In this dialog box, you can choose to enable Battery saver automatically and choose the battery percentage when the feature is activated. The default setting of 20% should suit most laptops, but if your battery lasts a long time anyway, you may want to drop this to 15% or 10%; conversely, if your battery doesn’t last very long, you may want to increase the setting to 25% or 30%.

The default setting blocks apps from pushing notifications (eating processor and battery time), but you can override this setting using the ‘Allow push notifications’ tickbox, although I don’t recommend doing so. Your laptop’s screen is a massive drain on the power of your laptop, so lowering its brightness can help improve battery life. For that reason, it makes sense to tick the ‘Lower screen brightness’ option, so that you laptop will automatically dim the display when Battery Saver turns on.

Finally, if you’ve got an app that absolutely must run in the background and that you want notifications from at all times, you can use the ‘Always allowed’ section to allow this. Click the Add app button to see a list of apps that you can add to the section; only full-screen apps (not traditional Desktop applications) that support Battery Saver are listed: the Edge browser is an option, but Chrome is not, for example.Windows 10 battery saver advanced settings

Power & sleep

Go back to the main Settings app and click on Power & Sleep to access the more traditional power-saving options. From this app, you can choose the time in minutes of inactivity for when your laptop should turn its screen off and when it should go to sleep. There are separate options for when it’s plugged in and when it’s on battery power. For most people, the default settings should be fine, but tweak them if you find that your computer’s powering down too frequently.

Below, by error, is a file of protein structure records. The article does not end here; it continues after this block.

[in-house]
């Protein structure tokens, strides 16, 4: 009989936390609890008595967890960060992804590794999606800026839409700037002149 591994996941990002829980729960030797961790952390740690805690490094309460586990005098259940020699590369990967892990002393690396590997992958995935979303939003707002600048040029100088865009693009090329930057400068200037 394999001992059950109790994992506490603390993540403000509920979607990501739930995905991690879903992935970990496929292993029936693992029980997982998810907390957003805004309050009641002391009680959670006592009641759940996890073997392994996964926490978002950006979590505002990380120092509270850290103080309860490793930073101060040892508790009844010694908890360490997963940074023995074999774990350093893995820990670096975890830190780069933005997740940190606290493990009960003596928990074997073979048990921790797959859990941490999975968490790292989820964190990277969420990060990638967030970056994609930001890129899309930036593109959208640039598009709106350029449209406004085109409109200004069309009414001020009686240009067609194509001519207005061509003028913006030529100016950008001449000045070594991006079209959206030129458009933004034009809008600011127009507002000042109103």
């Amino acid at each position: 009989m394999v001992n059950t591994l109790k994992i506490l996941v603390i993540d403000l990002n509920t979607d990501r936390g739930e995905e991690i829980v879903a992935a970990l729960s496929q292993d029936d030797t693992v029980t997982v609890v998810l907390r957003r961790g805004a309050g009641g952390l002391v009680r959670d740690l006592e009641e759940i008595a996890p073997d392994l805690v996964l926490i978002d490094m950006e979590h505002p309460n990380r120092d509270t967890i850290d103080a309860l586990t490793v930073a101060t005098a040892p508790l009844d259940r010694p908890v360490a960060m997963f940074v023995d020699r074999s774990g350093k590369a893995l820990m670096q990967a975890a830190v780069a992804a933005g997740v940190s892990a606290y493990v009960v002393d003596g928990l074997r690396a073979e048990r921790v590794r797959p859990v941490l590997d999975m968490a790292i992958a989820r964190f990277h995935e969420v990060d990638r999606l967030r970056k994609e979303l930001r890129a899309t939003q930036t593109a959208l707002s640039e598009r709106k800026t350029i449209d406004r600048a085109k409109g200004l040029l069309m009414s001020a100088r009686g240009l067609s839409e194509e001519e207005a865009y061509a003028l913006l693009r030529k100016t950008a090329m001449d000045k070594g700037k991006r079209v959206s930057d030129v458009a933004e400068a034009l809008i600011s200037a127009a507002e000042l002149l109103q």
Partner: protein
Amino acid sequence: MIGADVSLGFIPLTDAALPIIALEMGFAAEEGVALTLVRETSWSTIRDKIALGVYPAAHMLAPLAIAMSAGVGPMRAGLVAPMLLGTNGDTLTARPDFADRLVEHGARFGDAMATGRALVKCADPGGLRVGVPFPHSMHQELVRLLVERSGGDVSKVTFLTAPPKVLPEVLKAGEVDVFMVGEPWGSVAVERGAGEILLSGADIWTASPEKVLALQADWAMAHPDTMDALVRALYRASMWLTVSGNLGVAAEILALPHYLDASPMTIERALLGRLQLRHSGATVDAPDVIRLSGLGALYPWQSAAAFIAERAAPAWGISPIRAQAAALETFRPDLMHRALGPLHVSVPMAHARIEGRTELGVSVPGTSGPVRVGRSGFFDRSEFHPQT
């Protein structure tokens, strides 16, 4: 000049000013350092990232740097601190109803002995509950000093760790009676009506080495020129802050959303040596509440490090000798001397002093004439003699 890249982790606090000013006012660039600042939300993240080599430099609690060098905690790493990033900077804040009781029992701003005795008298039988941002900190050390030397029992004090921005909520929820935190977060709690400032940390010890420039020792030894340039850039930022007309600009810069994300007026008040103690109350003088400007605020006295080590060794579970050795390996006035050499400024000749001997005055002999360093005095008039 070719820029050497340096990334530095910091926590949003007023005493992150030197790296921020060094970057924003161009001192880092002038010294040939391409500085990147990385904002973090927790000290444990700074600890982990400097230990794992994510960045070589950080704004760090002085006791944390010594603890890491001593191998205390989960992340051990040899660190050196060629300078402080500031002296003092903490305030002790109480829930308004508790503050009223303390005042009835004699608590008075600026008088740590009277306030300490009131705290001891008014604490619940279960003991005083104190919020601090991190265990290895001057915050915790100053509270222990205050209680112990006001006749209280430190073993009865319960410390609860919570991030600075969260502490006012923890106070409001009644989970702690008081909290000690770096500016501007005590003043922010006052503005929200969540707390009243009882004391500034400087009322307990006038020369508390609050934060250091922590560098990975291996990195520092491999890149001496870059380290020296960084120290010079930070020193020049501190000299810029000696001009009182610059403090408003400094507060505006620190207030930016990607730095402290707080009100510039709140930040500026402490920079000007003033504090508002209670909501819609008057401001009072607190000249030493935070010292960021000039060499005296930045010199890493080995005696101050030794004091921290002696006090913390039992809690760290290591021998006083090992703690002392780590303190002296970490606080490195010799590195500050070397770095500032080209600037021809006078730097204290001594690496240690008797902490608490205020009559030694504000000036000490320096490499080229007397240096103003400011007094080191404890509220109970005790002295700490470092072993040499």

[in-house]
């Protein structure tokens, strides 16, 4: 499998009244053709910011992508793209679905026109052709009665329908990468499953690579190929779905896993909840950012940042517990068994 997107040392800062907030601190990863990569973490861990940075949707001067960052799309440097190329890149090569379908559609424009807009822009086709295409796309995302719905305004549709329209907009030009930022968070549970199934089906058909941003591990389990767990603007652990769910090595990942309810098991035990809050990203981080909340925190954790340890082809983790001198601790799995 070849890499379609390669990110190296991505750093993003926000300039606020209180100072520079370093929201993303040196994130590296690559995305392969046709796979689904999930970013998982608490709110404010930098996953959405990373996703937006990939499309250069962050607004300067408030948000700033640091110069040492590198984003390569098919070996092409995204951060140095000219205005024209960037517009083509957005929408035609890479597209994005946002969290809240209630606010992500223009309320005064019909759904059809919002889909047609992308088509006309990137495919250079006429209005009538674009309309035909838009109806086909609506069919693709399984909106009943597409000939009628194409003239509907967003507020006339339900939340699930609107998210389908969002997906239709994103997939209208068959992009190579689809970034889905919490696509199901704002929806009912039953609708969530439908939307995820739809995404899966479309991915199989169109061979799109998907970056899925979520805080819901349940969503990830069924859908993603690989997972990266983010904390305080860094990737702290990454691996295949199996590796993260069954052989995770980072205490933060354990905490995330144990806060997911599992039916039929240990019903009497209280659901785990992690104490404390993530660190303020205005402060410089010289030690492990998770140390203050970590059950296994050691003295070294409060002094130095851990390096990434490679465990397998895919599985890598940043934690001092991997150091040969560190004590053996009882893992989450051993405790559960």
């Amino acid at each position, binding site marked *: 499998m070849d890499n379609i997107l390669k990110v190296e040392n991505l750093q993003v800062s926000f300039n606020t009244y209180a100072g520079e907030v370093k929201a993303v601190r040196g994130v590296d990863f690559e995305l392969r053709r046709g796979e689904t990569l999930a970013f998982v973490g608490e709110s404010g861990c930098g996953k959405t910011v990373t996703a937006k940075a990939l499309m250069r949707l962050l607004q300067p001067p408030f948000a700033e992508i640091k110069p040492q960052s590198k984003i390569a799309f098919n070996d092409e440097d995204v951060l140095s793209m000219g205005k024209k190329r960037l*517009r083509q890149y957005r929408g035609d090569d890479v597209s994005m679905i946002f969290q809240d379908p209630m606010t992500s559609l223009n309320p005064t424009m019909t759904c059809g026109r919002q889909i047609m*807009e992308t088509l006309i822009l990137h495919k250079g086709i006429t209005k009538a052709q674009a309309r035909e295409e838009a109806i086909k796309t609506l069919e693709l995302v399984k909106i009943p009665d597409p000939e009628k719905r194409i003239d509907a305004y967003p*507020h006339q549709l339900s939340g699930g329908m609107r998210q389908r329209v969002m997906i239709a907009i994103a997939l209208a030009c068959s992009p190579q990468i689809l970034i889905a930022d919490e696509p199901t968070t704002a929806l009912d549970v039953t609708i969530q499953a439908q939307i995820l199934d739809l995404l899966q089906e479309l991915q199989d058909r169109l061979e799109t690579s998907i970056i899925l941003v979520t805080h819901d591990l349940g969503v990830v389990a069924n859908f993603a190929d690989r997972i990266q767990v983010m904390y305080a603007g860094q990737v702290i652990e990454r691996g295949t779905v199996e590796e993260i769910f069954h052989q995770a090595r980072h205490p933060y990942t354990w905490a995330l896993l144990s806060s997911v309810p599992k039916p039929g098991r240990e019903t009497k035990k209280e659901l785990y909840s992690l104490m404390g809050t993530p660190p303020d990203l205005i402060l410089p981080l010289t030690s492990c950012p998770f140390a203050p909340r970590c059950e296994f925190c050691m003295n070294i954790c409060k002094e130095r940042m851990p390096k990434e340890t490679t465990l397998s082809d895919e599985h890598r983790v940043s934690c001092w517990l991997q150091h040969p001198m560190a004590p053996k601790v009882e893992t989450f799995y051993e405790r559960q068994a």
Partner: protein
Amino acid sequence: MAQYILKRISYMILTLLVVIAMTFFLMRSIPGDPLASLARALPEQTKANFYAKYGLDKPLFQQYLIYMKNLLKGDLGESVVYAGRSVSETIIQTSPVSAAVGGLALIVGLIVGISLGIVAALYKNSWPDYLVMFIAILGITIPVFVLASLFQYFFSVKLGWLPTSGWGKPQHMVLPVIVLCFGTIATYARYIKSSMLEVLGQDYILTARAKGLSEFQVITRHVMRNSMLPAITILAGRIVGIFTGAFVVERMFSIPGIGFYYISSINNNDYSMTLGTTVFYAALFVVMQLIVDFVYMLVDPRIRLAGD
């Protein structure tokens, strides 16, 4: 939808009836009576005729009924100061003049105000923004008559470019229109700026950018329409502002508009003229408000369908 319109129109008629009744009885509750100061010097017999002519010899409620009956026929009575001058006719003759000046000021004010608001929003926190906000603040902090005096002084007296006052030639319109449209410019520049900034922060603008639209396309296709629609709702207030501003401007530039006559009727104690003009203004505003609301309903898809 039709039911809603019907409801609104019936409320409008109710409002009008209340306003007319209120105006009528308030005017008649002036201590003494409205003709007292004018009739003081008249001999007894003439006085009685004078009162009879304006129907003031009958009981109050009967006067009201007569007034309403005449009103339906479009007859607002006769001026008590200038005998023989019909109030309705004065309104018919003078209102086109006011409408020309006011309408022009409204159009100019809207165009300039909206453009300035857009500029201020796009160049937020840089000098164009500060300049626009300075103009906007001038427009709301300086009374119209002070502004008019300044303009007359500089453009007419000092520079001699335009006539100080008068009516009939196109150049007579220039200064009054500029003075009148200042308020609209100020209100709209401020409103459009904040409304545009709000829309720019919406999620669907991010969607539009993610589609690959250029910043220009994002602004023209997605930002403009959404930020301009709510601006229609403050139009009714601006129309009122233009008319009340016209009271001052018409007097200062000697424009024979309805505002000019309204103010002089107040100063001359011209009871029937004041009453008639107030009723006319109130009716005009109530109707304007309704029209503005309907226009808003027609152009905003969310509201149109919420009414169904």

Windows 10 Power & Sleep

You can click Additional power settings to open up the old-fashioned Control Panel’s Power Options settings (one of the few times that Windows 10 hasn’t quite integrated old Windows into the new apps). These settings let you choose or create a power plan, which is a set of defined settings that set how your laptop works. Balanced is the default plan and you can click Change plan settings to see what it does. The basic settings are the same as in Power & Sleep, only you can also set a default screen brightness. There’s also an option called ‘Change advanced power settings’, which includes some really advanced settings, including controlling how the processor works. I advise sticking away from this section unless you really know what you’re doing and only mention it here out of completeness.

Windows 10 Power Options

What does Windows 10 do for battery life?

To find out if the new Battery Saver mode can help boost battery life, we decided to test three old laptops before we upgraded them to Windows 10 and after we upgraded them. With two of our laptops, we were impressed to see that battery life had improved, not just by a little but by a full 80 minutes in the case of the Acer Aspire E111. The Dell Inspiron 17 managed a more modest 20-minute improvement while the Acer Aspire V5 actually lost 24 minutes of stamina. These results are in line with the anecdotal information we’ve seen, with some users complaining of significantly reduced battery life with Windows 10 while others reported no significant change. It’s worth running your own tests at home, perhaps playing a video and seeing how long your laptop lasts with and without Battery Saver mode enabled by default to see if your laptop improves or decreases with this mode enabled.

Windows 8 vs Windows 10 battery life graph